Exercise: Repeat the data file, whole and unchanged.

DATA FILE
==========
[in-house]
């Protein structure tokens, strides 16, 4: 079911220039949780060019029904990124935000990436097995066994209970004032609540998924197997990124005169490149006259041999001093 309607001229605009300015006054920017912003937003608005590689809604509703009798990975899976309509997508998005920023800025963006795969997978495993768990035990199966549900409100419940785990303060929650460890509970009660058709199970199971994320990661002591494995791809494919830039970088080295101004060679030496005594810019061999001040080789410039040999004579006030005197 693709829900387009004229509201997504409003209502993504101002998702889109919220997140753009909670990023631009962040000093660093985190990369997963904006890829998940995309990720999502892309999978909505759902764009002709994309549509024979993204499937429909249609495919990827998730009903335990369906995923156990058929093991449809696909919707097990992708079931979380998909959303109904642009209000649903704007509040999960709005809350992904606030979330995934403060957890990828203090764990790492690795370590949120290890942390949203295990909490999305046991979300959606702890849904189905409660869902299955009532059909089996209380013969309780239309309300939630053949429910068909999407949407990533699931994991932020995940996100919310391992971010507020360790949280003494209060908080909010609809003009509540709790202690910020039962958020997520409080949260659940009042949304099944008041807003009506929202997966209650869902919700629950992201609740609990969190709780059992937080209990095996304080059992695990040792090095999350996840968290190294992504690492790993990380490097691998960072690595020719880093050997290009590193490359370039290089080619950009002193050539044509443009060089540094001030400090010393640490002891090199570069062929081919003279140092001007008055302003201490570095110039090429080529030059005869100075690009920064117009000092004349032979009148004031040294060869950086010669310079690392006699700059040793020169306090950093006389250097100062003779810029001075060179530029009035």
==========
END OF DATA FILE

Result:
[in-house]
């Protein structure tokens, strides 16, 4: 079911220039949780060019029904990124935000990436097995066994209970004032609540998924197997990124005169490149006259041999001093 309607001229605009300015006054920017912003937003608005590689809604509703009798990975899976309509997508998005920023800025963006795969997978495993768990035990199966549900409100419940785990303060929650460890509970009660058709199970199971994320990661002591494995791809494919830039970088080295101004060679030496005594810019061999001040080789410039040999004579006030005197 693709829900387009004229509201997504409003209502993504101002998702889109919220997140753009909670990023631009962040000093660093985190990369997963904006890829998940995309990720999502892309999978909505759902764009002709994309549509024979993204499937429909249609495919990827998730009903335990369906995923156990058929093991449809696909919707097990992708079931979380998909959303109904642009209000649903704007509040999960709005809350992904606030979330995934403060957890990828203090764990790492690795370590949120290890942390949203295990909490999305046991979300959606702890849904189905409660869902299955009532059909089996209380013969309780239309309300939630053949429910068909999407949407990533699931994991932020995940996100919310391992971010507020360790949280003494209060908080909010609809003009509540709790202690910020039962958020997520409080949260659940009042949304099944008041807003009506929202997966209650869902919700629950992201609740609990969190709780059992937080209990095996304080059992695990040792090095999350996840968290190294992504690492790993990380490097691998960072690595020719880093050997290009590193490359370039290089080619950009002193050539044509443009060089540094001030400090010393640490002891090199570069062929081919003279140092001007008055302003201490570095110039090429080529030059005869100075690009920064117009000092004349032979009148004031040294060869950086010669310079690392006699700059040793020169306090950093006389250097100062003779810029001075060179530029009035």